Behind the Microchip Shortage Impacting Your Fleet

Microchips and semiconductors have dominated news headlines, but what is really going on behind the scenes?

In our tech-driven world, vehicles are powered by microchips just as much as they are traditional engines, brakes, and tires. You can’t have one without the other, as the microchips in our vehicles power the parts that keep us moving. The same goes for microchips and semiconductors, or the material within a chip that conducts electricity, making that tiny piece of metal a powerhouse that is driving our world.

Just like any supply chain, when one link in the process is broken, everything suffers. When the COVID-19 pandemic hit one year ago, electronic use surged, as people found themselves stuck at home and in need of new communications technology, upgraded laptops, or even new video games or entertainment resources.

Meanwhile, the automotive industry found itself cancelling production orders in mid-2020, simply because there was not much driving happening globally. But as restrictions lifted and people started venturing out, there was a surge in new vehicle needs: US stimulus checks, combined with the need for personal vehicles to maintain social distance, put the market into overdrive.

These spikes led to a serious shortage in semiconductors specifically, as production could not keep up with the unexpected and rapid demand. The shortage of semiconductors has impacted microchips, and vehicles as a whole, leading to a shortage in parts as people scramble to keep their current vehicles in operation.

So what does it mean?

Looking forward, you can continue to expect to see delays around new car production, leading to reduced supply on the market in the future. Because of this, current vehicles are a hotter commodity than ever before, so current vehicle purchases are also feeling the strain and prices of new vehicles are rising.

Across the fleet and automotive market, you may have seen OEM order schedules pushed back weeks or months. All over the world, OEMs like GM have full inventories of built-out vehicles sans-microchips. Once those chips are available, they’ll be ready to install and get moving quickly. But as of now, it doesn’t seem like those delays are expected to stop; in fact, there is the potential for cancellations into the next year. This will also result in increased prices on parts and vehicles across the retail and fleet market.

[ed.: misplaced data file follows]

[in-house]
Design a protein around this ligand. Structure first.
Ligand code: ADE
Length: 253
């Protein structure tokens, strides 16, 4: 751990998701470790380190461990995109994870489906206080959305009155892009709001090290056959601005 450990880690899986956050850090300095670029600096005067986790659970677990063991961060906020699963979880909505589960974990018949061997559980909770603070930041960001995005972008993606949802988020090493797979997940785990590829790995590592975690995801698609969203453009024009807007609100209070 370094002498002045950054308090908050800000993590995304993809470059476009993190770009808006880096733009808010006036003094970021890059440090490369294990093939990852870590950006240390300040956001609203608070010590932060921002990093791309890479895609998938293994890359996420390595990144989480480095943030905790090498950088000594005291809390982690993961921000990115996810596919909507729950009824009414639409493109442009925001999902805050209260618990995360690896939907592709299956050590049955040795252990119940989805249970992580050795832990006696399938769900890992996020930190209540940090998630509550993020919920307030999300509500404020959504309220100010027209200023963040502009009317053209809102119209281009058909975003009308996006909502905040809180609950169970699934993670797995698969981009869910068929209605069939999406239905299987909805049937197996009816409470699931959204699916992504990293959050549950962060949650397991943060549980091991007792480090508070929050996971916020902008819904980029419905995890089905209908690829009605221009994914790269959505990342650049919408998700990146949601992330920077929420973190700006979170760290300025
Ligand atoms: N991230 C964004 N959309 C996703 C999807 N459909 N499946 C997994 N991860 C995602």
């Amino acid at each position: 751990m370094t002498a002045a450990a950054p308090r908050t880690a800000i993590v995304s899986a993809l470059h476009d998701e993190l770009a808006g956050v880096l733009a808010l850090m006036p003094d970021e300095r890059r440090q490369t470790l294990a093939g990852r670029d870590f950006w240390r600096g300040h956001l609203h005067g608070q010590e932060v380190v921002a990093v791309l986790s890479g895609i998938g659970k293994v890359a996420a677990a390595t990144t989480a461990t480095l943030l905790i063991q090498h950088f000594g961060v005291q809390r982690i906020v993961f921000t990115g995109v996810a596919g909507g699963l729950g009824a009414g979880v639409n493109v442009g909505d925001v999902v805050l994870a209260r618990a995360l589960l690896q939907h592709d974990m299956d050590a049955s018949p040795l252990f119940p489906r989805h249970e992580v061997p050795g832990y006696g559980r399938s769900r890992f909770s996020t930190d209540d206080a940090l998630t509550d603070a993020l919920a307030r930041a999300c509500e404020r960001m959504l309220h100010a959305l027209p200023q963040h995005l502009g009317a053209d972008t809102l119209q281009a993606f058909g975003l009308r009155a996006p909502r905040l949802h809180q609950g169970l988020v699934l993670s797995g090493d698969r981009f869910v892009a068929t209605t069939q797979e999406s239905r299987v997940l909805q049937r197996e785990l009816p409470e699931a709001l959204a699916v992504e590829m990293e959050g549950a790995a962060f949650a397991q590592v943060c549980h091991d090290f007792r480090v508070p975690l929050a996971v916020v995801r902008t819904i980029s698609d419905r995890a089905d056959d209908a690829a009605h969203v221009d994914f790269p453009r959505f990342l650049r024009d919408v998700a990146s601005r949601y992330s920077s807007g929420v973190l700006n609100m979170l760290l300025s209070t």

Your team at ARI has been studying the supply chain timeline, building resilient solutions that can help you mitigate the risk around these chip and semiconductor shortages. And there are options out there to help keep your fleet moving and manageable despite delays or cancellations.

Embrace innovation

Building a resilient supply chain starts with risk mitigation. By uncovering and addressing hidden risks that could affect your long-term fleet strategy you can avoid problems before they arise. Use your telematics tools and data to identify vulnerabilities, designating high, medium, and low risks to address. Then contact ARI to build a risk strategy for the future.

Diversify connections

By expanding your supplier base, you’re able to reduce risky links in your supply chain and build a more expansive group of connections across your industry. ARI’s supply chain review process is a strategic approach to risk mitigation, which gives you the resources to develop actionable and interchangeable objectives that ebb and flow as the delivery and ordering processes change. That means you can dodge potential roadblocks that come up and better control costs in vehicles that are kept in service longer than planned.

Consider safety stock

While over-ordering can hurt the market, it’s a good time to think about a personal inventory. Again, this is where your trusty data comes into play. Review your maintenance and replacement schedules to understand where your greatest need is, then consider an investment in an immediate inventory to protect your fleet should delay projections continue.

We’re facing a challenge in the world of fleet and automotive management, but with the right tools and team on your side you can get through this time with ease. Check out this recap of our supply chain webinar to learn more, then subscribe to our weekly Morning Brake emails to stay informed. For more information around automation, check out our podcast, MOTIVE powered by Holman.